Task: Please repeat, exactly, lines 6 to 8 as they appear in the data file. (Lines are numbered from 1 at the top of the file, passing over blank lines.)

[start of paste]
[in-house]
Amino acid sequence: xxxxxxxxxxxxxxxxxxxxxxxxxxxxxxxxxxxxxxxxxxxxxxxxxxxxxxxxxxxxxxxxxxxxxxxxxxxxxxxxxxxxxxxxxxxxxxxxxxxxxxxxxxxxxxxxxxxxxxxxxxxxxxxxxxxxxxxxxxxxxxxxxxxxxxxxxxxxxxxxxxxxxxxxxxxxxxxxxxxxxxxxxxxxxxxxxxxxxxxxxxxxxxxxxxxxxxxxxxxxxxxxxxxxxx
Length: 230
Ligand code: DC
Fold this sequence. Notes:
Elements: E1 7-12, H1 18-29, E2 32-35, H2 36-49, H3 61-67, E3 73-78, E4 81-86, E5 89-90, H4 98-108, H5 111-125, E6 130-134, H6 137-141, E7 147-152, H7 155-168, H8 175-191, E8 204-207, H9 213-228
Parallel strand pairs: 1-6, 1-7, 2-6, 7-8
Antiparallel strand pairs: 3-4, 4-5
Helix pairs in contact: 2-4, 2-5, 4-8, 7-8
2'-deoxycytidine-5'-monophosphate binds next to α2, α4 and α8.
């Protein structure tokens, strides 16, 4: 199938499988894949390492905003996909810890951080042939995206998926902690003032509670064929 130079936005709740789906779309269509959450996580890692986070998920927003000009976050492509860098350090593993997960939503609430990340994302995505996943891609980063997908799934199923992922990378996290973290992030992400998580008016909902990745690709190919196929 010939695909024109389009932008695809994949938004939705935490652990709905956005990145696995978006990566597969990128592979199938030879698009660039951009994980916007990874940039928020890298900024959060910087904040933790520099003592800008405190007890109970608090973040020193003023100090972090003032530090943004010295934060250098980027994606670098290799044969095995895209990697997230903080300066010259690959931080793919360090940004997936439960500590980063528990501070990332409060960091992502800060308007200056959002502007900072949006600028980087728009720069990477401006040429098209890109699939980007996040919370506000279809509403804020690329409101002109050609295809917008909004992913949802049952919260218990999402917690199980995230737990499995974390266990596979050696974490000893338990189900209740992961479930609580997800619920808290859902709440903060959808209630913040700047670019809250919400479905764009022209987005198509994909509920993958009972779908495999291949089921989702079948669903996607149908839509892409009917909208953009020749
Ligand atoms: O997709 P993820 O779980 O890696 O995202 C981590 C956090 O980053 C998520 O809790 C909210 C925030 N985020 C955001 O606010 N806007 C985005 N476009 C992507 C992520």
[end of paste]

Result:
Elements: E1 7-12, H1 18-29, E2 32-35, H2 36-49, H3 61-67, E3 73-78, E4 81-86, E5 89-90, H4 98-108, H5 111-125, E6 130-134, H6 137-141, E7 147-152, H7 155-168, H8 175-191, E8 204-207, H9 213-228
Parallel strand pairs: 1-6, 1-7, 2-6, 7-8
Antiparallel strand pairs: 3-4, 4-5